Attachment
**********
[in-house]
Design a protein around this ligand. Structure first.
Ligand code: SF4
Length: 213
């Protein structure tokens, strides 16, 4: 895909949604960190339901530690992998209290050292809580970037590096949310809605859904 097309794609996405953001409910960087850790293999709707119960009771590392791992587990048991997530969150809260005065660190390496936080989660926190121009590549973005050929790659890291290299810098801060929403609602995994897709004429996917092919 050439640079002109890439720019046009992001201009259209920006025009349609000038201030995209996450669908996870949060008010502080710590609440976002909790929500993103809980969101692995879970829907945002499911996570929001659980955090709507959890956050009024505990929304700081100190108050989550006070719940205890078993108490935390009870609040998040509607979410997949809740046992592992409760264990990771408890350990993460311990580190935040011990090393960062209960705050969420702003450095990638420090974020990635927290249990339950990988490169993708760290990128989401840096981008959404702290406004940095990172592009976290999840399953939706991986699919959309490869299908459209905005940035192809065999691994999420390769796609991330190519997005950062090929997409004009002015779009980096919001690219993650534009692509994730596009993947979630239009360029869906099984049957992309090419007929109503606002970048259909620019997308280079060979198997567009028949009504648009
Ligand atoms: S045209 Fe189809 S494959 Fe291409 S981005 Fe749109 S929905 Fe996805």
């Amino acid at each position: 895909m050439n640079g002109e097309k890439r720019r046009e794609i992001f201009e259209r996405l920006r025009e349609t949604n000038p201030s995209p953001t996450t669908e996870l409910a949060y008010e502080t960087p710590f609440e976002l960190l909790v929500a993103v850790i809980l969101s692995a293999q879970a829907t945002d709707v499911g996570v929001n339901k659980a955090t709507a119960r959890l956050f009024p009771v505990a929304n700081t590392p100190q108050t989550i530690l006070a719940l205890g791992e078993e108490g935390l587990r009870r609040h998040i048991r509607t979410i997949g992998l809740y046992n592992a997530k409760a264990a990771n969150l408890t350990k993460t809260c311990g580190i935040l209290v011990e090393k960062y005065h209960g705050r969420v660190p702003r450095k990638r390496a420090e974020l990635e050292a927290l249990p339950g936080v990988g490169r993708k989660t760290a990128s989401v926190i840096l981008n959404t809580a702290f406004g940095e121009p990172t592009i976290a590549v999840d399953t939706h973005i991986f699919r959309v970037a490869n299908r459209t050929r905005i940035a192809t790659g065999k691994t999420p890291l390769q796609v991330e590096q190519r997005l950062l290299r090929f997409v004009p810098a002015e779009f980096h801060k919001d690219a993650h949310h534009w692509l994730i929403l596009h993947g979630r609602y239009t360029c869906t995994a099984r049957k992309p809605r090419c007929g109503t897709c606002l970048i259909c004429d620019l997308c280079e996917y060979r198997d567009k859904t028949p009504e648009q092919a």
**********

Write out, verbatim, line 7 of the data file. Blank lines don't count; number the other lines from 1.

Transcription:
């Amino acid at each position: 895909m050439n640079g002109e097309k890439r720019r046009e794609i992001f201009e259209r996405l920006r025009e349609t949604n000038p201030s995209p953001t996450t669908e996870l409910a949060y008010e502080t960087p710590f609440e976002l960190l909790v929500a993103v850790i809980l969101s692995a293999q879970a829907t945002d709707v499911g996570v929001n339901k659980a955090t709507a119960r959890l956050f009024p009771v505990a929304n700081t590392p100190q108050t989550i530690l006070a719940l205890g791992e078993e108490g935390l587990r009870r609040h998040i048991r509607t979410i997949g992998l809740y046992n592992a997530k409760a264990a990771n969150l408890t350990k993460t809260c311990g580190i935040l209290v011990e090393k960062y005065h209960g705050r969420v660190p702003r450095k990638r390496a420090e974020l990635e050292a927290l249990p339950g936080v990988g490169r993708k989660t760290a990128s989401v926190i840096l981008n959404t809580a702290f406004g940095e121009p990172t592009i976290a590549v999840d399953t939706h973005i991986f699919r959309v970037a490869n299908r459209t050929r905005i940035a192809t790659g065999k691994t999420p890291l390769q796609v991330e590096q190519r997005l950062l290299r090929f997409v004009p810098a002015e779009f980096h801060k919001d690219a993650h949310h534009w692509l994730i929403l596009h993947g979630r609602y239009t360029c869906t995994a099984r049957k992309p809605r090419c007929g109503t897709c606002l970048i259909c004429d620019l997308c280079e996917y060979r198997d567009k859904t028949p009504e648009q092919a």